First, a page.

The other thing that would pop into my head during the worst possible moments, was the fact that he lived life with her for five years. So many dates, so many sweet moments and so many life experiences can be shared over the course of five years. I didn’t want to think about it, but I did. Every time Eli took me somewhere that he loved, I knew that he’d been there with her. Every time he talked fondly about a trip or a place or a moment with his kids, odds are that she was in that memory. We would go to A’s games pretty frequently during baseball season and I knew that they went to A’s games together. They sat in the stands on warm summer nights, had a few beers, and enjoyed each other’s company, just like we do now. Questions would run through my mind about how his time with me compares to his time with her. Is he having more fun now? Does he feel happier now? Is he happier with me?

After much self inflicted emotional turmoil, I realized that I had to stop these comparisons. With Eli’s help I reframed the situation and was able to look at things more realistically. The first point that I came to terms with is that they divorced for a reason. Before I ever met Eli, the papers were filed and he had been moved out of their family home for months. Things had been rocky for years. The “D” word was threatened frequently. He was NOT happy, and although they had happy times, that does not mean that the relationship was healthy. I had to recognize that regardless of whether or not Eli had met me, he would not be with her. I had to stop thinking of it as him being “hers” and start looking at it as it actually was. And for Eli, it was only me.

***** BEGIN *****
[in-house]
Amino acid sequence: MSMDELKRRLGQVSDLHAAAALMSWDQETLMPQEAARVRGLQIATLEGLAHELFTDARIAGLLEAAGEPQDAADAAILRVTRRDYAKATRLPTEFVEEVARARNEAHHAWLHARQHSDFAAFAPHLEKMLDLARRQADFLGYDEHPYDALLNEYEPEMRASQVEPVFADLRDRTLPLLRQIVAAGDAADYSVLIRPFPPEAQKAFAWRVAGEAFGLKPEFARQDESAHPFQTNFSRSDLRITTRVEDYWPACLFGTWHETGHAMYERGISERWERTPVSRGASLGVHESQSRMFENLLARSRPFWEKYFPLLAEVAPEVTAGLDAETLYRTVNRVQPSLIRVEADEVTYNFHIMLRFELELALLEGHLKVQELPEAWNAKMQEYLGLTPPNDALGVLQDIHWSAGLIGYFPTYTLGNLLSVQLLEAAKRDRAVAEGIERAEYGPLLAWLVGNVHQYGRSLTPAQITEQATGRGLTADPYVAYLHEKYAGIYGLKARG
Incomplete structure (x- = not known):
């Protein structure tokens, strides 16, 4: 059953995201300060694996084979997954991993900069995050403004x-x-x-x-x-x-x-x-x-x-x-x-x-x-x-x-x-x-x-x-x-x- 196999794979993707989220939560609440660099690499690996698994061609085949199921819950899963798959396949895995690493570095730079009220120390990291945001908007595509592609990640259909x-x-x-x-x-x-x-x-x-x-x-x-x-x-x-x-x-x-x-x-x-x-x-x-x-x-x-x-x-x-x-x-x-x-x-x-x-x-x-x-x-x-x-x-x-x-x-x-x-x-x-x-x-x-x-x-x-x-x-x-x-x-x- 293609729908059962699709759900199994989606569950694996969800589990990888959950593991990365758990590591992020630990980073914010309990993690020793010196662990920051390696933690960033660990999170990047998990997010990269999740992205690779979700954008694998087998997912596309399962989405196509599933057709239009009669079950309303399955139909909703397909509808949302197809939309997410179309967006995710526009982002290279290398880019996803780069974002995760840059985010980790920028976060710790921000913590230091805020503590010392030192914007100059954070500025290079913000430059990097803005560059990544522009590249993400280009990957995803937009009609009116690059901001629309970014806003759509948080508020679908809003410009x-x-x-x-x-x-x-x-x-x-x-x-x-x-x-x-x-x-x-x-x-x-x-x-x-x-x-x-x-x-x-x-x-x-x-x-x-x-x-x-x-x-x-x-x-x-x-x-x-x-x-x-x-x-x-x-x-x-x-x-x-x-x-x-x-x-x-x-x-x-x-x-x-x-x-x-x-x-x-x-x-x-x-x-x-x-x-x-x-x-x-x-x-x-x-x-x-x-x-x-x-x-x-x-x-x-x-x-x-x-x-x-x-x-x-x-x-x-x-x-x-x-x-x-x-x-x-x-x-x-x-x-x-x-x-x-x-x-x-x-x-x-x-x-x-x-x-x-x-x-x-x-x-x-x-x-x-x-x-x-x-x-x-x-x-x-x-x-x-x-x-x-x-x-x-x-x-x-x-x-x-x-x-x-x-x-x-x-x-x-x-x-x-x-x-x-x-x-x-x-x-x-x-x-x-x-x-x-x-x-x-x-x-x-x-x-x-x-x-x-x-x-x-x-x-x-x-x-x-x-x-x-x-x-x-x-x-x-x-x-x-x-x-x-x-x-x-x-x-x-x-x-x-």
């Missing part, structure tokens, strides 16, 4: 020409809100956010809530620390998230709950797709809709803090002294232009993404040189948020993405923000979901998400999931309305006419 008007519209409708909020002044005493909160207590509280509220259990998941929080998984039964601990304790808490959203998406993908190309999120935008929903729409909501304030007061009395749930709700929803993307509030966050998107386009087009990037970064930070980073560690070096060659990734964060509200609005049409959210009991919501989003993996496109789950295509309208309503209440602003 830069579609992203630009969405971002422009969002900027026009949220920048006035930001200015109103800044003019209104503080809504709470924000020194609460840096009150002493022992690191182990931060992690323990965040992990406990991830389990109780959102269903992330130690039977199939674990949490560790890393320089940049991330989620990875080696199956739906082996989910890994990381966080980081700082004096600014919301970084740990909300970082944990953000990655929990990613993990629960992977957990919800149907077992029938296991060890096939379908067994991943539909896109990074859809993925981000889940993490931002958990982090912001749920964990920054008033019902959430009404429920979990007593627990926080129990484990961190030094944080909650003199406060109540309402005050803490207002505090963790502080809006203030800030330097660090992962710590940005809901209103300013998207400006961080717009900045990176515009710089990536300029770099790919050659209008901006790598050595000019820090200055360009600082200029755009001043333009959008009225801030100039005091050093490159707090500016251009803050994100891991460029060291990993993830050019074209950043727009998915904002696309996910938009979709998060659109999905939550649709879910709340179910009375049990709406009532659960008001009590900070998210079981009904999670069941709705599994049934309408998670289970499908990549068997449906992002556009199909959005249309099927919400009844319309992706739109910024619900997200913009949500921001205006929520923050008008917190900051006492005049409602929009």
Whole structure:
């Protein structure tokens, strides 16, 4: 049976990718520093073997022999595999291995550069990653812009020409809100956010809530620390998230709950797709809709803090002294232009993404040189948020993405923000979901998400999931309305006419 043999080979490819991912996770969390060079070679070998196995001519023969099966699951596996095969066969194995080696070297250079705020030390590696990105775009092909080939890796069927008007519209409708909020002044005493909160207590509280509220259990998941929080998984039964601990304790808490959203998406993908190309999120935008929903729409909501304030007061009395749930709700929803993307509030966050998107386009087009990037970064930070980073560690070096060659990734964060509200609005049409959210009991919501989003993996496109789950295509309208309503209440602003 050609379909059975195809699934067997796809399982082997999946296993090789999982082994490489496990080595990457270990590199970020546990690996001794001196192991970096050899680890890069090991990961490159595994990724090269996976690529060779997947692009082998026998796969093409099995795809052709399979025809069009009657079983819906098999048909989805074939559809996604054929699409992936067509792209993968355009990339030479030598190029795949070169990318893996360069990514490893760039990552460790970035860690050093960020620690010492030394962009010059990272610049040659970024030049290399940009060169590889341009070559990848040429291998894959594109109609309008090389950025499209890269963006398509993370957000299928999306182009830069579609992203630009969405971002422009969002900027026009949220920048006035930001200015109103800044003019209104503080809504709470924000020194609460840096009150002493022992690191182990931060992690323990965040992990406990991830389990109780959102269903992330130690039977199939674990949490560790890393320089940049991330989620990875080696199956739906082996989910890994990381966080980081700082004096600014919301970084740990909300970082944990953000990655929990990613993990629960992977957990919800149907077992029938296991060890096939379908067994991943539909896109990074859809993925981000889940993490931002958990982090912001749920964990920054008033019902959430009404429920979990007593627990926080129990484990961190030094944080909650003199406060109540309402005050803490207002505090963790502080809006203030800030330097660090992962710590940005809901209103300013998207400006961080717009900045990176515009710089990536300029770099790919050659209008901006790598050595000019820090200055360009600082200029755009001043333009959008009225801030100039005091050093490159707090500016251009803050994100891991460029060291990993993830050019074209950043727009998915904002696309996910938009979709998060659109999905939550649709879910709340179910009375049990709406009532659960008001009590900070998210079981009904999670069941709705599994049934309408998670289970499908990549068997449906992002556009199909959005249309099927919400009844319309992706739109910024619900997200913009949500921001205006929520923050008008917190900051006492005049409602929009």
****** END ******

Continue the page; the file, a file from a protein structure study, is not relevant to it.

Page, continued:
There was also the fact that if he didn’t meet her and spend 5 years with her, I would never have met him. There are so many things that had to line up so perfectly for us to have found each other that day at ClubSport.  If he had not had the exact experiences, both good and bad, that he had with her, I wouldn’t be sitting next to him at this very moment, as happy as I have ever been. Because of her, Eli and I have each other. I realized that I shouldn’t be jealous of the time that they spent together, but grateful, as his time with her has helped shape him into the amazing man he is today. The man that I get to grow old with.

Which leads me to the most important thing I have realized through all of this comparing and contrasting: I will never be his first wife, but I know that I will be his last. The fact that I am nothing like her is a blessing, because if I was, I would not be with Eli. Who cares if I wasn’t the first woman who he took to Jupiter in Berkeley, or the first woman who he hung out with at the Francis Ford Coppola Pool? Each day, each month, and each year, we have each other and our own unique experiences. Everywhere we go and everything we do is ours. Our moments, our memories, our life.

In this case, I would much rather be last, than first. 

M